Moog Werkstatt mods

I got some Moog Werkstatt synthesizers so that I could play with analog synthesizer circuits.  Here is a summary of modifications I made to them. I removed the following from the Werkstatt PCB: JMP 57 to disconnect the VCO and VCF. JMP 58 to disconnect the VCF and VCA. trim potentiometer VR10 to disconnect the keyboard and VCO. I added an expansion board to buffer signals and adjust the levels

The Winning Entry – boomCHUCK – 2018 Moog Circuit Bending Challenge

The boomCHUCK is a circa ’90s drum machine plus custom analog circuits, all controllable with two nunchuck controllers. My inspiration began with an old nunchuck controller and previous experience interfacing a similar controller with a different microcontroller.  I have been thinking about alternative instrument interfaces lately, and this seemed like a good chance to try something different. After hearing about the challenge, I spent the first two weeks looking for

Plastic Pitch Microtonal MIDI Machine

I made this other Arduino microtonal MIDI device a couple years ago, and I wanted to try a different approach.  It’s certainly interesting to play with more than 12 tones per octave, but it’s also awkward on a piano style keyboard.  (How do you reach an octave when playing with 17 tones per octave?) So I limited Plastic Pitch to 12 tones per octave to take advantage of the muscle

GameSquare Software Notes

Introduction here.  Hardware notes here.The Raspberry Pi 3 is running the current standard Raspbian image.  Here are the relevant contents of my /boot/config.txt file. gpu_mem_1024=512overscan_scale=1overscan_left=-16overscan_right=0overscan_top=-16overscan_bottom=-16framebuffer_width=400framebuffer_height=240sdtv_mode=0sdtv_aspect=3 I wrote two custom programs:  “WiiClassicPi” allows the Wii Classic Controller plus volume knob and halt button to control the Raspberry Pi, and “emu.py” is a bare-bones file browser for launching games. WiiClassicPi code and configuration: WiiClassicPi reads the Wii Classic Controller data over I2C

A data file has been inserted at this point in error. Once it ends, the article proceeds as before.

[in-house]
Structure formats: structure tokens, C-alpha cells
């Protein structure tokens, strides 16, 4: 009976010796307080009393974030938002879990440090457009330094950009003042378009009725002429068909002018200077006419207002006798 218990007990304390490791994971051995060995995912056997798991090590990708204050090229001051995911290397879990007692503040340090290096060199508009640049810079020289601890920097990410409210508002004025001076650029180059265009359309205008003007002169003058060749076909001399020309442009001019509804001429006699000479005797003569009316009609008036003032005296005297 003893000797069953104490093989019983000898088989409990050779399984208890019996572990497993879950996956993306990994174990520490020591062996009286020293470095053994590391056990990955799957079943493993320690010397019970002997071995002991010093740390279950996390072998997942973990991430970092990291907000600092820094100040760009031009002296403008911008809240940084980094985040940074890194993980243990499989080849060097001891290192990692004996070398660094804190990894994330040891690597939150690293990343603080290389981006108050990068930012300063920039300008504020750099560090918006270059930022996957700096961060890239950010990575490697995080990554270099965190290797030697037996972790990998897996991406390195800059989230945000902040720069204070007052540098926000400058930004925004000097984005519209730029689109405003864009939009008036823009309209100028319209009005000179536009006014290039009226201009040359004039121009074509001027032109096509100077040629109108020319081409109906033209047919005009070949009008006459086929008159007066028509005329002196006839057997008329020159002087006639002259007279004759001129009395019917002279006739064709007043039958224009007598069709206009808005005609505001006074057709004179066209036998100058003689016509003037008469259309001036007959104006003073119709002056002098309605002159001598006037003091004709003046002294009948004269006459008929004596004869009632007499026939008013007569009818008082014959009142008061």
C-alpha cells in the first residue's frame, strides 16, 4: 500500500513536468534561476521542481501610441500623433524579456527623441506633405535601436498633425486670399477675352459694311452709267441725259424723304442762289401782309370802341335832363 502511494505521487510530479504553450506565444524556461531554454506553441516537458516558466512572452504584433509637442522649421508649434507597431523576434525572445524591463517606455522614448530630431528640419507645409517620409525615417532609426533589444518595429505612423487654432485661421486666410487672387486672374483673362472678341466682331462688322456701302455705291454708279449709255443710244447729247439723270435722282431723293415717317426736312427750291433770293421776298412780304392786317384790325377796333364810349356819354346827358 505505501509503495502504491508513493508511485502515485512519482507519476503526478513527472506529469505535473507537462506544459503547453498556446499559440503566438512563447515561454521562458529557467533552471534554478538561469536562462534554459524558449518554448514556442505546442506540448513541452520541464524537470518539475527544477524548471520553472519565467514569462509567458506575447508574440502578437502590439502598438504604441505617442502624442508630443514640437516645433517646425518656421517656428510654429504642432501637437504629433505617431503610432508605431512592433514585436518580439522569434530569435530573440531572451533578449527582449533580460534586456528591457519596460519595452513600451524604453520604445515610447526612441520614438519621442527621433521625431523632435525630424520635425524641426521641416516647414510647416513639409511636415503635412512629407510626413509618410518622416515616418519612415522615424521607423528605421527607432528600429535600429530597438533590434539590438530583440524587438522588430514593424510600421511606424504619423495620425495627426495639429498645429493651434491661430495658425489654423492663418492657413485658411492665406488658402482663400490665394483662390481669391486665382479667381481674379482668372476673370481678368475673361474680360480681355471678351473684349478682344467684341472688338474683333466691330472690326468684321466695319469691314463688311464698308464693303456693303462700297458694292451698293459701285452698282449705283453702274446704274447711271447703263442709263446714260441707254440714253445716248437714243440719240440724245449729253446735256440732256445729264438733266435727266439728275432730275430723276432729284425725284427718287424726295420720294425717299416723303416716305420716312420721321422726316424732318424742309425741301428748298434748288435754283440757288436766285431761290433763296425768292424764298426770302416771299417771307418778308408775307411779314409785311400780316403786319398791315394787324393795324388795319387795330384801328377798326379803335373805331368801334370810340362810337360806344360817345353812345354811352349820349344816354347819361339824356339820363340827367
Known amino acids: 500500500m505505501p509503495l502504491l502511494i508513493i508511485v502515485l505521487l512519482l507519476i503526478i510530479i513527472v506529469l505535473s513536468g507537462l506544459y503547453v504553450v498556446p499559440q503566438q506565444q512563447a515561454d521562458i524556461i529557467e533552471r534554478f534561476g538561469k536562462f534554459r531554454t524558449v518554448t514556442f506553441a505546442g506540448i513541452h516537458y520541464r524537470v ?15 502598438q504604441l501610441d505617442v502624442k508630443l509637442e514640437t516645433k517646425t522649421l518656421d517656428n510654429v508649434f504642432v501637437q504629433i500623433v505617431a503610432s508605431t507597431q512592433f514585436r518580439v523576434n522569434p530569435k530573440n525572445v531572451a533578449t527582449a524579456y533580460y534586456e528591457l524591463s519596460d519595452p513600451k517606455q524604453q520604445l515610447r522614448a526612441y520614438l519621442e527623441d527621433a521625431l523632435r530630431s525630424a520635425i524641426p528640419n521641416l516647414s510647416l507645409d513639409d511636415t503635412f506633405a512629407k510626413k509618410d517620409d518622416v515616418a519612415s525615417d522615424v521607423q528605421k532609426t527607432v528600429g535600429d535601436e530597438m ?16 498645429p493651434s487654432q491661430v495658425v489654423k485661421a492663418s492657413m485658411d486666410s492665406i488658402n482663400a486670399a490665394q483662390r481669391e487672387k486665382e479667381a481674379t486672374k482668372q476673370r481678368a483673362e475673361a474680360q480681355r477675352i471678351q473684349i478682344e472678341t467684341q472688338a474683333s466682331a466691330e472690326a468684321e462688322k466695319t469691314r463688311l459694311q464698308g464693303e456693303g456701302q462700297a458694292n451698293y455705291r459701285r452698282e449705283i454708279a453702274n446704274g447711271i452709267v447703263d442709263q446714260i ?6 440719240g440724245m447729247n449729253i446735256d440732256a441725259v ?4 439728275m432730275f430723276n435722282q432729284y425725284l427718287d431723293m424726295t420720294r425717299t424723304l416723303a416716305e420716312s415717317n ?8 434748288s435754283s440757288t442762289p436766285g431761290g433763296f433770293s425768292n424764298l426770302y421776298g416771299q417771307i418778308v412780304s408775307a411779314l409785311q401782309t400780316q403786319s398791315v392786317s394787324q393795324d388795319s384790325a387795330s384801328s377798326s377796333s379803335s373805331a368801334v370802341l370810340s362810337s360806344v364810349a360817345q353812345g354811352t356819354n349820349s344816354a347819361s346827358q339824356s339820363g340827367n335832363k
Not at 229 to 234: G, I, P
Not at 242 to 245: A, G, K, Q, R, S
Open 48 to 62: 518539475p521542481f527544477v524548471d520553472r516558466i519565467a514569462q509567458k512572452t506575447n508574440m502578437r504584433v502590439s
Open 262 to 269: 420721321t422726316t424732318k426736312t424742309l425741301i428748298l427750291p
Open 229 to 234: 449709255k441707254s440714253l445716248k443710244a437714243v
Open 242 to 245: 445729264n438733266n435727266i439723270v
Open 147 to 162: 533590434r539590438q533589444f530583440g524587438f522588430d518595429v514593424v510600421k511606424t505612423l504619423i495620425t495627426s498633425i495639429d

GameSquare Hardware Assembly Notes

Introduction here.  Software notes here.First, some photos for inspiration and reference. Case:The case slots together from the laser cut parts, and the screws and standoffs hold it together.  The four longer (31 mm) standoffs go in the four corners of the case, and the four shorter standoffs (25 mm) go in the back of the case to hold the controller PCB in place.  The screws fit snugly in the laser

Presenting the GameSquare!

Design Considerations: I wanted to design my own Raspberry Pi handheld gaming system.  I logged most of my gaming hours in the early ’90s.  So I have a soft spot for games from that era, and I particularly like the Wii Classic controller for its SNES-like layout.   I knew from a previous project that Wii controllers can communicate over an I2C bus such as the one available on a Raspberry

Simple Emulator Frontend for Raspberry Pi

I was annoyed by how complex the Raspberry Pi emulator frontends are, and I was looking for an excuse to write my first Python program.  So, here it is, a barebone curses-based frontend for launching emulators.  But really it could also be used to launch anything, like videos, ebooks, etc. All the customization happens at the top of the code.  The extensions, directories, and launch commands will need corresponding entries

Wii Classic Controller over I2C to Raspberry Pi

I wanted to connect my Wii Classic Controller to my Raspberry Pi 3.  Here is how I did it. The Hardware: The Wiibrew extension controller page explains how to connect an official Wii Classic Controller via I2C.  (I tried a cheap ZettaGuard one, and I couldn’t figure out the appropriate I2C initialization codes to make it work.) The site Robot Electronics has an I2C tutorial that explains the need for